Now the Iraqis must step up to the plate. For months, they have promised additional Iraqi forces for Baghdad, forces which until now have never arrived. And Iraqi and Coalition forces operating in the capital have been subjected to constant political interference, hampering the effectiveness of those operations. An early test of the new approach will be whether Prime Minister Nouri al-Maliki now makes good on the promised Iraqi reinforcements, and on his commitment to allow them to deal with the militia, especially those of the radical Moqtada al-Sadr.
Even a successful campaign in Baghdad will not end violence there. But a significant reduction in attacks in the capital would give the Iraqi government the political latitude needed to broaden its political base. The prime minister will also be watched carefully in Washington and in Iraq, to ensure that he delivers on his promises to move on the sensitive issues of oil policy and provincial elections, both important to encouraging an atmosphere of reconciliation. If he does not, then surely the Iraqi people will hold his government accountable, as is provided in the Iraqi constitution.
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The president’s new approach is bold, unpopular and risky. But he is right to reject calls for American withdrawal. Those who advocate such a course need to be frank about the drastic consequences of such a course.
First, it would abandon 27 million Iraqis to broader and much bloodier violence. Some Americans seem prepared to accept this outcome, arguing, “It’s their country. Let them sort it out.” This is shortsighted and uninformed. Broader sectarian violence between Iraq’s Arabs would certainly provoke the Kurds to declare their independence from Iraq. Over the past four years, I have often spoken about this issue with the Kurdish leaders. They have made clear that their decision to join a liberated Iraq depends on a government which can provide security for all its people and which is not dominated by sectarianism. An independent Iraqi Kurdistan would have an irresistible attraction for the millions of Kurds living in Syria, Turkey and Iran, and would surely lead to a wider regional war. Such a war would threaten American interests and allies throughout the region and lead to American military re-engagement, probably on a very large scale.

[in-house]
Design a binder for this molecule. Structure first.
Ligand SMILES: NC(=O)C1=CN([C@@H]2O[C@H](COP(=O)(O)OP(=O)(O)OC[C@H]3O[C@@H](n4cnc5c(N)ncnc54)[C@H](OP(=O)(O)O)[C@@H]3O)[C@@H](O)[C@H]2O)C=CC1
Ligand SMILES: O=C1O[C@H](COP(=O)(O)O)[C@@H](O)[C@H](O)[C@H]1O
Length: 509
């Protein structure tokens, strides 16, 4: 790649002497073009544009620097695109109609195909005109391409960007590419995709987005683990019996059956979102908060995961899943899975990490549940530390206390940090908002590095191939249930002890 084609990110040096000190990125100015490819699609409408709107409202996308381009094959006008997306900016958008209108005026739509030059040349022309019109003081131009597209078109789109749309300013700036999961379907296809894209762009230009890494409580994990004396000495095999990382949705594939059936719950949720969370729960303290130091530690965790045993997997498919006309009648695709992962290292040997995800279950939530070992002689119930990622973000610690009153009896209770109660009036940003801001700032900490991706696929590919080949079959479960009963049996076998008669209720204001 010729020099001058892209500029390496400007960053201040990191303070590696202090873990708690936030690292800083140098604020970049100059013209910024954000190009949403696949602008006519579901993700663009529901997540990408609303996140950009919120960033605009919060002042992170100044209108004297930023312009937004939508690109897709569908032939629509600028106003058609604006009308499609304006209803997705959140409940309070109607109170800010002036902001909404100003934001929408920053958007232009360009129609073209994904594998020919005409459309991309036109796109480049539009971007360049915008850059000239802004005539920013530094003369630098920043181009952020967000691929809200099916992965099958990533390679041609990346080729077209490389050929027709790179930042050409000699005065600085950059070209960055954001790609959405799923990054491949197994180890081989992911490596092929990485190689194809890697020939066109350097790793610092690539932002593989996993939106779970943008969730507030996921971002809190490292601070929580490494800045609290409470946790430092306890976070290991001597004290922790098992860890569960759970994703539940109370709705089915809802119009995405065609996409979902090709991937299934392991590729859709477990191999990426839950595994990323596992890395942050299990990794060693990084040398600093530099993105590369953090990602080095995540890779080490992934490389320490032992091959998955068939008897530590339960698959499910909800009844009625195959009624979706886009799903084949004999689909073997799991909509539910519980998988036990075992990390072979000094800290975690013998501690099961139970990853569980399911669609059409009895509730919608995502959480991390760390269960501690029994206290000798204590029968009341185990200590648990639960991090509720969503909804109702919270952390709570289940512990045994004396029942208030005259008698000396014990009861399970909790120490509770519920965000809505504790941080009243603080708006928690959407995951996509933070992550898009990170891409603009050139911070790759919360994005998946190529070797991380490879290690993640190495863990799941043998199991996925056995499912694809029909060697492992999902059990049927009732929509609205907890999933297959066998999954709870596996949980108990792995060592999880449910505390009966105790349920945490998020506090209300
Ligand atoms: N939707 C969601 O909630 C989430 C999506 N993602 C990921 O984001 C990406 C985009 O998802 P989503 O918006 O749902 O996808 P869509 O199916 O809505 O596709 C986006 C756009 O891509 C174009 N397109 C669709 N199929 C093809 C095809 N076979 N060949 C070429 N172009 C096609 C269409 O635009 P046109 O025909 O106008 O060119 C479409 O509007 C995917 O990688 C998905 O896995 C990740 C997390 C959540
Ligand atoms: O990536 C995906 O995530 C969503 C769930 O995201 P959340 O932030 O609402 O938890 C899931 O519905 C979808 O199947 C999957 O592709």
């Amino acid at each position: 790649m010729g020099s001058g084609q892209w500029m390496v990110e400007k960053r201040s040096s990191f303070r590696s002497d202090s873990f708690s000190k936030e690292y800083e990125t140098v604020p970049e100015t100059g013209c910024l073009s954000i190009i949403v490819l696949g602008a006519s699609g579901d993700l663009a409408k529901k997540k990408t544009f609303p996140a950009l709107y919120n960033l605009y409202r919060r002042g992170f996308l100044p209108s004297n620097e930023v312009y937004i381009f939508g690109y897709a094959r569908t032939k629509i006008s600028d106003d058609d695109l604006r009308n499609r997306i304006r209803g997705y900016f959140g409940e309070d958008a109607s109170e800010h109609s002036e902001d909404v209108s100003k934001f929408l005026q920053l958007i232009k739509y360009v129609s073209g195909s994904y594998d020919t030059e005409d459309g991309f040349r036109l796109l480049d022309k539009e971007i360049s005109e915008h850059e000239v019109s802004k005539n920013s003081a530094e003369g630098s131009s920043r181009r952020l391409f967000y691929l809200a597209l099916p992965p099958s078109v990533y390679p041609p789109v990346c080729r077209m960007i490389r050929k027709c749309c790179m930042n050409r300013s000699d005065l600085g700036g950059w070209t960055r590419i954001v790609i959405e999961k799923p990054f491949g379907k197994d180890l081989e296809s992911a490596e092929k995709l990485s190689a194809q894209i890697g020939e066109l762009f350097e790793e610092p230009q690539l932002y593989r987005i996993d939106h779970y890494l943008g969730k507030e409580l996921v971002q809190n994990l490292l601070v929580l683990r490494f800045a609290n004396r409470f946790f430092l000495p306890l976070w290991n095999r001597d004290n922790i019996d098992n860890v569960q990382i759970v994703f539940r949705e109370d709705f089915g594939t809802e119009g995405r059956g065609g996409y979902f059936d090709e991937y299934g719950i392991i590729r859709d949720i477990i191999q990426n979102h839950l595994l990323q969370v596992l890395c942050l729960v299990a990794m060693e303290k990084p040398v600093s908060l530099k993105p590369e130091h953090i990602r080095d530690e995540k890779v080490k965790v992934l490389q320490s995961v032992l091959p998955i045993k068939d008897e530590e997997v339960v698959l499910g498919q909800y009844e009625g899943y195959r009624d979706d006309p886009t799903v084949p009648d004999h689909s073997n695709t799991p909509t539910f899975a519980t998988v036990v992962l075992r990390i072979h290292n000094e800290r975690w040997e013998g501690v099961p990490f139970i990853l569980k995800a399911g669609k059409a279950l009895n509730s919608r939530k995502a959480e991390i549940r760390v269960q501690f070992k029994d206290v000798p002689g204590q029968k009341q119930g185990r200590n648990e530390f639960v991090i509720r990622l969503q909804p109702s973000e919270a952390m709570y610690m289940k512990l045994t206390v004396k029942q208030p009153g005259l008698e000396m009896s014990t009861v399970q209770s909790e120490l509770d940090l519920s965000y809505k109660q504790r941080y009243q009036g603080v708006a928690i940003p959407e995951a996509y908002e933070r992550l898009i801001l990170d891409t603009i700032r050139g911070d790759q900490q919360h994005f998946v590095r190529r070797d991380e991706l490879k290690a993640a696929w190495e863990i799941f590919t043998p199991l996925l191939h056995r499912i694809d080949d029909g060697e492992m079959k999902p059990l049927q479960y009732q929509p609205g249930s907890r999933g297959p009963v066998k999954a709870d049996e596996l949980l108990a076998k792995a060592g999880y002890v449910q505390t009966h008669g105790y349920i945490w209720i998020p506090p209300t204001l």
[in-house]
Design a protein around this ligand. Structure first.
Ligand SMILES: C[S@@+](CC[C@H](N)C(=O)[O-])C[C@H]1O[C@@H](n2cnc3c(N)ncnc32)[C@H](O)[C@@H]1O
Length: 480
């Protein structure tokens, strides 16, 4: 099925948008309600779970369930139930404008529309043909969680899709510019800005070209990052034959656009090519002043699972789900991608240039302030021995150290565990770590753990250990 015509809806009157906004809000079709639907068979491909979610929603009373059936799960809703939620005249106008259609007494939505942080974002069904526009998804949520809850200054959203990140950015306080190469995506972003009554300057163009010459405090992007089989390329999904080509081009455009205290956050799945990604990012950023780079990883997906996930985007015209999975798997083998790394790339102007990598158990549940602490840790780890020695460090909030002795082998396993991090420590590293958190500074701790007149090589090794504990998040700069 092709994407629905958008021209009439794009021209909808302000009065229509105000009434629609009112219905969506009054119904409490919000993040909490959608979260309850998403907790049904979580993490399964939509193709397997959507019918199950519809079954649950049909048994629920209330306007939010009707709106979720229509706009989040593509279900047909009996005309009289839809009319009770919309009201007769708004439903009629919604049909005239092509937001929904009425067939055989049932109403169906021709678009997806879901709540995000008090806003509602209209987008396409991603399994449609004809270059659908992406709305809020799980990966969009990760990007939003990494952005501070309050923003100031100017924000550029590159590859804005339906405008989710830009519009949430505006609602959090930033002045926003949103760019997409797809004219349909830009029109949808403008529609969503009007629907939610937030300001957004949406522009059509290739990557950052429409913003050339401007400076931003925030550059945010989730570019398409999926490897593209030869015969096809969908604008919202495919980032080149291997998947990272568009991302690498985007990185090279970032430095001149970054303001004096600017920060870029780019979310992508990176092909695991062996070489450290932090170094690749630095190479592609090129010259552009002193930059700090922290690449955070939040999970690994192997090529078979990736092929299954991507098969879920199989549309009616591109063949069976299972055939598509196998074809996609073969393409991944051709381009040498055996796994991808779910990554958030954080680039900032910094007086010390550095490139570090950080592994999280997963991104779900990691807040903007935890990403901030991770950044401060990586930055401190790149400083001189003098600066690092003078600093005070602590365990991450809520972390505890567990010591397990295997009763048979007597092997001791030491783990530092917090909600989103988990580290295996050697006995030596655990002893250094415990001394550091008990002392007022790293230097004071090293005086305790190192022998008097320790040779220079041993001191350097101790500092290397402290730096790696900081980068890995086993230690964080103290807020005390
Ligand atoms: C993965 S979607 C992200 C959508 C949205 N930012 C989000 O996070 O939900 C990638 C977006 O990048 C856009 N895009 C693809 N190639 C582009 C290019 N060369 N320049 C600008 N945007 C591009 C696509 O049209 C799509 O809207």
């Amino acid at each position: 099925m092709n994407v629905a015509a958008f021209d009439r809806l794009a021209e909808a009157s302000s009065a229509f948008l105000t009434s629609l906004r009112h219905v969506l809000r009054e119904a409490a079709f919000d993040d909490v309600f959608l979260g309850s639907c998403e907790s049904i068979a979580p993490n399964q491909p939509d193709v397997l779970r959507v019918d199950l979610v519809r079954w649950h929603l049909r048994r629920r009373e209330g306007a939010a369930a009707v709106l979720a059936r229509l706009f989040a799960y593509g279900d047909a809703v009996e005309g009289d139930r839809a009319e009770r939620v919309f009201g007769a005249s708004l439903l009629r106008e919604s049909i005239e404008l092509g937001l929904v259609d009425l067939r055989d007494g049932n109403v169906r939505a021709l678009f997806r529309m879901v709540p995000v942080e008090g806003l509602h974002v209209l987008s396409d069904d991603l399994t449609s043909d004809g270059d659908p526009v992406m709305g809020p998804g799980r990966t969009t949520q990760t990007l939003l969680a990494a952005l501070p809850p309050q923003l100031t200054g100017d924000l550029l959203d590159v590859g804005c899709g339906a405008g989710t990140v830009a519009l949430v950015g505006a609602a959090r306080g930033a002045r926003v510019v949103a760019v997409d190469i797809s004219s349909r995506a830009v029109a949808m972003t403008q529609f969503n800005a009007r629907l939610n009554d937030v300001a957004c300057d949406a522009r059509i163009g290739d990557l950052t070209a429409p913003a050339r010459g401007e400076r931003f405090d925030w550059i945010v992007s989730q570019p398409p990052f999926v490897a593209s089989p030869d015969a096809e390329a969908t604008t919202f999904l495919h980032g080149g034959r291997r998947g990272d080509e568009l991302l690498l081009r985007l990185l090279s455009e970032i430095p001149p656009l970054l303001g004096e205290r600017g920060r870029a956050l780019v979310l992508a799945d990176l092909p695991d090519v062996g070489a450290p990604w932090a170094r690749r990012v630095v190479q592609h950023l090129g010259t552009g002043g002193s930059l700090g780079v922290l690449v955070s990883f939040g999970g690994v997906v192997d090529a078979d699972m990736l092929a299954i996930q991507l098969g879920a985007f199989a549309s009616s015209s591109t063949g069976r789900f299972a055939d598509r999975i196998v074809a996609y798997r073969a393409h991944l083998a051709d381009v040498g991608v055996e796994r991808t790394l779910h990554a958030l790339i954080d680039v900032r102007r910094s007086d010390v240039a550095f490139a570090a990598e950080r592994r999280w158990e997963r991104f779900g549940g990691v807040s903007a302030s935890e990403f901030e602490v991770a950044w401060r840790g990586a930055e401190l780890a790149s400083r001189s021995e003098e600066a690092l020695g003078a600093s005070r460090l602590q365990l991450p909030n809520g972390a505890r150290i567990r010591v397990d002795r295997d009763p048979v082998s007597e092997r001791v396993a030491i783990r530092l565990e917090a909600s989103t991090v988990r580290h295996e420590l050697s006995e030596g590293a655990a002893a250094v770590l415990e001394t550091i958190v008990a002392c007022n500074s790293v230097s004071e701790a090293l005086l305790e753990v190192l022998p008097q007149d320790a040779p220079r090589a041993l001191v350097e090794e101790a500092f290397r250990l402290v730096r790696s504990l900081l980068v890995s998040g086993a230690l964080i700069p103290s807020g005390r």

Most importantly, an American defeat in Iraq would immediately endanger Americans. By confirming Osama bin Laden’s analysis that America is a “weak horse” driven out of Lebanon in 1983 and Somalia a decade later, defeat would be a major recruiting poster for Islamic extremists everywhere. If force again rules Mesopotamia, there is a real risk that extremists will establish themselves there as they had done in Afghanistan, but this time with major economic resources and an operating base not on the periphery of the Middle East, but at its heart.
These, then, are the stakes in Iraq. The president has acknowledged the need for new leadership and a new strategy. He is to be commended for rejecting the easy popular course.
Mr Bremer was head of the Coalition Provisional Authority in Iraq in 2003-04.
All eyes now turn to Baghdad and Sadr City.
By Victor Davis Hanson
This was not Churchill, not FDR, and not JFK Wednesday night, and there was not quite enough about winning and victory — but the content was still good enough.
Many of us were skeptical of a surge/bump/increase for an obvious reason: Our military problems in Iraq have been tactical and strategic (too-slow training too few Iraqis, arrest/release of terrorists, too many targets off limits, patrolling in lieu of attacking, worry over our own force protection rather than securing the safety of Iraqi citizens, open borders with Syria and Iran, etc.) — and not a shortage of manpower.
So the increase — no one knows whether the 20,000 number is adequate — could make things far worse by offering more targets and creating more Iraqi dependency if we don’t change our operations. But if the surge ups the ante by bringing a radical new approach on the battlefield as the president promises, then it is worth his gamble.
All the requisite points were made by the president, almost as if were quoting verbatim Gen. David Petraeus’s insightful summaries of counterinsurgency warfare — an Iraqi face on operations, economic stimuli, clear mission of clearing terrorists out of Baghdad, political reform, a “green-light” to go after killers — while addressing the necessary regional concerns with Syria and Iran.